The recent trial of Fabrice Tourre has raised again the issue of whether the SEC should prosecute individuals who engage in misconduct or the firms that employ them. In the case of Tourre, some complained that the SEC targeted a relatively low level employee of Goldman Sachs rather than Goldman Sachs itself. Some even described him as a scapegoat. Not long ago, in the Bank of America case, Judge Rakoff leveled the opposite criticism at the SEC. Why was the agency seeking to impose a monetary penalty on BofA rather than prosecuting and penalizing individuals within BofA who had engaged in misconduct?
Each time this issue has come up, it seems that commentators assume that the practice in question is the predominant practice of the SEC—for example, the SEC predominantly goes after the corporation rather than individuals, or the SEC predominantly goes after low level employees rather than the corporation. We have recently completed, and intend to maintain, a database of SEC enforcement practices, and in this post, we shed some factual light on what the SEC actually does with respect to prosecuting and penalizing individual and corporate defendants. Specifically, we answer three questions: First, who does the SEC name as defendants—high level executives, lower level employees, the corporation itself? Second, to what extent does the SEC impose penalties on individual defendants? Third, how often does the SEC impose a monetary penalty on corporate defendants? We address these questions within the universe of SEC enforcement actions involving nationally listed firms for violation of disclosure-related rules—fraud, books and records and internal control rules. Our dataset covers cases filed from 2000 to the present.
Who Does the SEC Name as Defendants?
Was the BofA case unusual in that the SEC did not bring an action against any individuals? The answer is yes, it was unusual. As seen in Figure 1, only 7 percent of cases  involved no individual defendants. Focusing solely on cases involving at least one fraud count, only 4 percent of cases involved no individual defendants. In the remainder of cases, the SEC named either individual defendants only or it named both the corporation and individual defendants.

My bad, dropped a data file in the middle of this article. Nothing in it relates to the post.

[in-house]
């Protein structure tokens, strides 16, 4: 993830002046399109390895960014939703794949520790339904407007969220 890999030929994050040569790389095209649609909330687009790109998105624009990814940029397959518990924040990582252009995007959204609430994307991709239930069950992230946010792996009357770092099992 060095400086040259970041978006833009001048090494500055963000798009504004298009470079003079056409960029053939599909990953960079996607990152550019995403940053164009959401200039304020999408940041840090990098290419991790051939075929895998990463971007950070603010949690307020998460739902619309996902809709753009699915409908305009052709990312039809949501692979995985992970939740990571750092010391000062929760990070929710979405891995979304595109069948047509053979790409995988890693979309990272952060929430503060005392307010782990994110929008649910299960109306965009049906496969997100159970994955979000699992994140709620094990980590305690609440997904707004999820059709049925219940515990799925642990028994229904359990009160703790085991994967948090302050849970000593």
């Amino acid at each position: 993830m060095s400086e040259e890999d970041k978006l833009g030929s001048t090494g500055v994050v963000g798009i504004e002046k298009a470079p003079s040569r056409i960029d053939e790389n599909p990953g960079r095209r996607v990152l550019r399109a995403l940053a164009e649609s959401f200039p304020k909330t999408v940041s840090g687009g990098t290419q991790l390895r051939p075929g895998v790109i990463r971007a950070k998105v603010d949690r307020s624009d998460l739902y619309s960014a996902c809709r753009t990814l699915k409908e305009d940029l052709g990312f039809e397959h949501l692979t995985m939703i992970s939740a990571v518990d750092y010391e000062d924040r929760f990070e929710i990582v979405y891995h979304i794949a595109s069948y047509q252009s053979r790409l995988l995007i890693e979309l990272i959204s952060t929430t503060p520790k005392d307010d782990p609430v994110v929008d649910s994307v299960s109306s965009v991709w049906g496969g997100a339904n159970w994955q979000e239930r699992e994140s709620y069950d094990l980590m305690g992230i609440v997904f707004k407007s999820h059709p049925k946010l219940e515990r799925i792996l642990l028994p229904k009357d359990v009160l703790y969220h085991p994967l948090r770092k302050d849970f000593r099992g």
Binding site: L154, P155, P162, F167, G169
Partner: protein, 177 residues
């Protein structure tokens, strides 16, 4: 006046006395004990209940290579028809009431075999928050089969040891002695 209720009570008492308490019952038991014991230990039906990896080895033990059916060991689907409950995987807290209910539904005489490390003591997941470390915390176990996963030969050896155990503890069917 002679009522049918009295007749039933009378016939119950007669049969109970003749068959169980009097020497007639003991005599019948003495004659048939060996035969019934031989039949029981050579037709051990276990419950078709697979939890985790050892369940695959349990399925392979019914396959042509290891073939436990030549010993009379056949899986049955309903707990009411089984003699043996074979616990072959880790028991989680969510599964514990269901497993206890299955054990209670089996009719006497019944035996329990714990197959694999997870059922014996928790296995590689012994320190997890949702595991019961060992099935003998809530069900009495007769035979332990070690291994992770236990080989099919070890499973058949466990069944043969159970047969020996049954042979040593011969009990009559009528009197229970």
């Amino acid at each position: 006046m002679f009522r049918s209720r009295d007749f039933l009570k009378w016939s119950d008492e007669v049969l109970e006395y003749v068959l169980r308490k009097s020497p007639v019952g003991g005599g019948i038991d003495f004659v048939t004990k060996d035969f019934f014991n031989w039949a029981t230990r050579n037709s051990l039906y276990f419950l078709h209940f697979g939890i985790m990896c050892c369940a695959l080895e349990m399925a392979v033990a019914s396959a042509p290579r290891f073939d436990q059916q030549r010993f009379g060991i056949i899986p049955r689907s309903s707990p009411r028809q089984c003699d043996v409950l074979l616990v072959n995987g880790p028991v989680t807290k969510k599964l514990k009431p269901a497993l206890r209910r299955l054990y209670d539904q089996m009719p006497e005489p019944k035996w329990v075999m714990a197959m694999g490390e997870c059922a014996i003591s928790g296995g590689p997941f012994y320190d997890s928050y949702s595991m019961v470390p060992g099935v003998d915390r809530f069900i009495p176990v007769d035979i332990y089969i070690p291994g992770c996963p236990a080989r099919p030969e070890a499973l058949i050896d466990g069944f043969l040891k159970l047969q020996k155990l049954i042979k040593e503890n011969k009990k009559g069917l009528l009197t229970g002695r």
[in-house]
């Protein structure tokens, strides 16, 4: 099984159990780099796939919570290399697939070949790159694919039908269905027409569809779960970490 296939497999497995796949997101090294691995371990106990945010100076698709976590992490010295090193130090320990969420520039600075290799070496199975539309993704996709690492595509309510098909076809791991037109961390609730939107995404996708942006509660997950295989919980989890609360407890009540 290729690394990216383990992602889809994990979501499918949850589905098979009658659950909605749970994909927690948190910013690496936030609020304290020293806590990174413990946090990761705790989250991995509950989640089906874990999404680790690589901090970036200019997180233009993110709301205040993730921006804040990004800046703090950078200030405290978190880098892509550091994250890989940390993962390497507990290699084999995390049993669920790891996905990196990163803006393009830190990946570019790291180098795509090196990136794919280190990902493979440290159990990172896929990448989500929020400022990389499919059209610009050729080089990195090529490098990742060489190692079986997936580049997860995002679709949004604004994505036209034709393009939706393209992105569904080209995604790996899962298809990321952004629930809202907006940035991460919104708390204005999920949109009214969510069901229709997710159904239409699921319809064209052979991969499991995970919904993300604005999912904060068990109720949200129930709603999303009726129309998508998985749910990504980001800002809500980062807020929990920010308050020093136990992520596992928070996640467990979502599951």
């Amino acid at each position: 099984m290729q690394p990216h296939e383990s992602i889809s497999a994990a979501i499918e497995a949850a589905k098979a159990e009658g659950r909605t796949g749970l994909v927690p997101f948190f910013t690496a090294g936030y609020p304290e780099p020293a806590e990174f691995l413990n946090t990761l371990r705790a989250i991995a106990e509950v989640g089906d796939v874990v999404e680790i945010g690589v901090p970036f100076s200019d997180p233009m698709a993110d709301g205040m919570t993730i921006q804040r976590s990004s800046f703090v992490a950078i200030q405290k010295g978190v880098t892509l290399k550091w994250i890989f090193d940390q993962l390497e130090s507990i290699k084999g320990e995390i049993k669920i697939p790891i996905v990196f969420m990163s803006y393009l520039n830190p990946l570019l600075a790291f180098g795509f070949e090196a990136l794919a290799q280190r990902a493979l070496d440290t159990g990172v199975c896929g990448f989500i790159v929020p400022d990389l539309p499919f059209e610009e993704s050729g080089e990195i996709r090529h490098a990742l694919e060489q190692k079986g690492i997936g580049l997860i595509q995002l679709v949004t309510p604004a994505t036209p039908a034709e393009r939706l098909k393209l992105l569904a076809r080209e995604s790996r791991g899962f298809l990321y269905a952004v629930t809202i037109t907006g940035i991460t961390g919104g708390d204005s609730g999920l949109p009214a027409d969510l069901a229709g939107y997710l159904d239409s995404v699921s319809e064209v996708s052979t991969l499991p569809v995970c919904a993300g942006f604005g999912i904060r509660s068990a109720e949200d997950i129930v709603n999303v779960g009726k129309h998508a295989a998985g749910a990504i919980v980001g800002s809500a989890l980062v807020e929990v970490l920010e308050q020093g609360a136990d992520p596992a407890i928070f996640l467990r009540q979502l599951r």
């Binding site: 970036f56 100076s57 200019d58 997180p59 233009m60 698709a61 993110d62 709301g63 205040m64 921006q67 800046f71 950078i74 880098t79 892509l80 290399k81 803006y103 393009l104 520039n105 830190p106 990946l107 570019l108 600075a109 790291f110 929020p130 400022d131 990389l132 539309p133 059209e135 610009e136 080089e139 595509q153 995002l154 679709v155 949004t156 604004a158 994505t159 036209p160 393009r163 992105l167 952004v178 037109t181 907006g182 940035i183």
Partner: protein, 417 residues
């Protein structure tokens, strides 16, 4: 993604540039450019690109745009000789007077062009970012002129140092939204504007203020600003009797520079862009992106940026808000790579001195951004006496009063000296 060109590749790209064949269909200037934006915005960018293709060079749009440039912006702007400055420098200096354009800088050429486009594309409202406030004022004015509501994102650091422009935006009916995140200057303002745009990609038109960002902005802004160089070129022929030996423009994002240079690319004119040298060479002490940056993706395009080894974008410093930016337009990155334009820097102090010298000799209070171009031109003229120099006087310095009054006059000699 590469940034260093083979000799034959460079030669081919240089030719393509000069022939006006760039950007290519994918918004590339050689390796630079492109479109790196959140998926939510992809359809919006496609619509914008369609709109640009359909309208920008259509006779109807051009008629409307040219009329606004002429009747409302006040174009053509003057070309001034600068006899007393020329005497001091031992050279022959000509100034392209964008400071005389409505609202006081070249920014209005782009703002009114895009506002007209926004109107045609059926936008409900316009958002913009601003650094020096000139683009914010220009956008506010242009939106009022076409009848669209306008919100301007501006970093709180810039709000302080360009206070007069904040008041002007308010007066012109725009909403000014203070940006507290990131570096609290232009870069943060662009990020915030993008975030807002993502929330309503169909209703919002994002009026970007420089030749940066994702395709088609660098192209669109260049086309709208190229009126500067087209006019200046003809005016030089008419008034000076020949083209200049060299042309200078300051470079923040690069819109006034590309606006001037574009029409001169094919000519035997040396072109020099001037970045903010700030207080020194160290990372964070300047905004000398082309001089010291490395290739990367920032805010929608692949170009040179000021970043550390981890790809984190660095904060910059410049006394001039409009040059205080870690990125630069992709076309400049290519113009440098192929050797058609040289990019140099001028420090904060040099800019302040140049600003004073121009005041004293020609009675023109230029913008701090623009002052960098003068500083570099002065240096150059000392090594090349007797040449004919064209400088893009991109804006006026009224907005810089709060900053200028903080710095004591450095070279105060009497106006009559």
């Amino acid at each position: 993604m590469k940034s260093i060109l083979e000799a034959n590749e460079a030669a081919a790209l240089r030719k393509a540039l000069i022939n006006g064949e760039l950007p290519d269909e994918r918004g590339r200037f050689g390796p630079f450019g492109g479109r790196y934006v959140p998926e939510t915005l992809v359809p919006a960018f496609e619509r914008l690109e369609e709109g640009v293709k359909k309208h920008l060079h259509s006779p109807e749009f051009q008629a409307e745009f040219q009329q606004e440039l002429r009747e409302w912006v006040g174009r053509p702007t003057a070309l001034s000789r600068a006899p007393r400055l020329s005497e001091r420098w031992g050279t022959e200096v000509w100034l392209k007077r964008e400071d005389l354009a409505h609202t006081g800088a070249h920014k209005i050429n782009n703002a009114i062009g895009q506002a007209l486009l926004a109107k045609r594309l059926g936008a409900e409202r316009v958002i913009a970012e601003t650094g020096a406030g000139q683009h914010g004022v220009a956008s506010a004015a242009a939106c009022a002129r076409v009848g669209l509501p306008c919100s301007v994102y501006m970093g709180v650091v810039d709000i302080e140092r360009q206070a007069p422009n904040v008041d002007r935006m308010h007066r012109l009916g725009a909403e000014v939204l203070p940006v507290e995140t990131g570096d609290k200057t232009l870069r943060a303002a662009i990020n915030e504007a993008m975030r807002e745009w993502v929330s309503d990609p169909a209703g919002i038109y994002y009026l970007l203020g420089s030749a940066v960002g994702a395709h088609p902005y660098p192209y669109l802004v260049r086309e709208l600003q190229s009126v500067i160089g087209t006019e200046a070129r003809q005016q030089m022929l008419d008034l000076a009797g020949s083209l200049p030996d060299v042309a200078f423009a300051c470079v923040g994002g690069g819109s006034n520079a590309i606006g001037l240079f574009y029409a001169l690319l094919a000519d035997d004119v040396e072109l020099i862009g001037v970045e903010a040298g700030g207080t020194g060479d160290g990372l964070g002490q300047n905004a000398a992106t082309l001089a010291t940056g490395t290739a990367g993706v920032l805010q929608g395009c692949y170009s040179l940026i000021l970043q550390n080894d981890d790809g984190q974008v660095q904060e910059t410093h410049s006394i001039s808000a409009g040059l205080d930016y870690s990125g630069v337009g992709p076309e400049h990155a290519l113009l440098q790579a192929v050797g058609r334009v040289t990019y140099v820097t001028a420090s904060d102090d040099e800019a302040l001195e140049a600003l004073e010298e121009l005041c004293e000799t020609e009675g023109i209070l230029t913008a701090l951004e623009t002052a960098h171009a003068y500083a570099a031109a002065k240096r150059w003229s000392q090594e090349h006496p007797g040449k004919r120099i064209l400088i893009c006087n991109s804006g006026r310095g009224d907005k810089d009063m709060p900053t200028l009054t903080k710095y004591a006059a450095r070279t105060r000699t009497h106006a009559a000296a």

How often are companies named without individual defendants?
Is the Tourre case unusual in that only a lower level employee was named? Again, the answer is yes. As shown in Figure 2, the SEC names a wide range of individuals as defendants. It names CEOs in 56% of its cases, CFOs in 58% of cases, and lower level executives in 71% of cases. Regarding the scapegoat characterization, the SEC has targeted solely lower level executives in only 7% of its cases.
What types of executives does the SEC name?
Separating cases into those involving financial misstatements and those involving solely non-financial misstatements, the most notable, but not surprising, result is that CFOs are named disproportionately in cases with financial misstatements.
Difference by Type of Misstatement
Once Named, How Are Individuals Penalized?
Does the SEC impose penalties on individual defendants? Clearly, yes, as seen in Figure 4. We define a “severe penalty” to include a monetary penalty, disgorgement, or a bar (temporary or permanent) from serving as an officer or director of a public company.  In some of the most serious cases, where the Department of Justice brings a criminal action and imposes a fine or jail term, the SEC imposes only an injunction against future violations of the securities laws. However, we include those cases within the definition of “severe penalty.” In Figure 4, each pie chart consists of the cases in which a top executive or a lower executive has been named. Thus, among cases naming a top executive, 93% of cases result in such an executive receiving a severe penalty. It turns out that the percentage is exactly the same for lower level executives.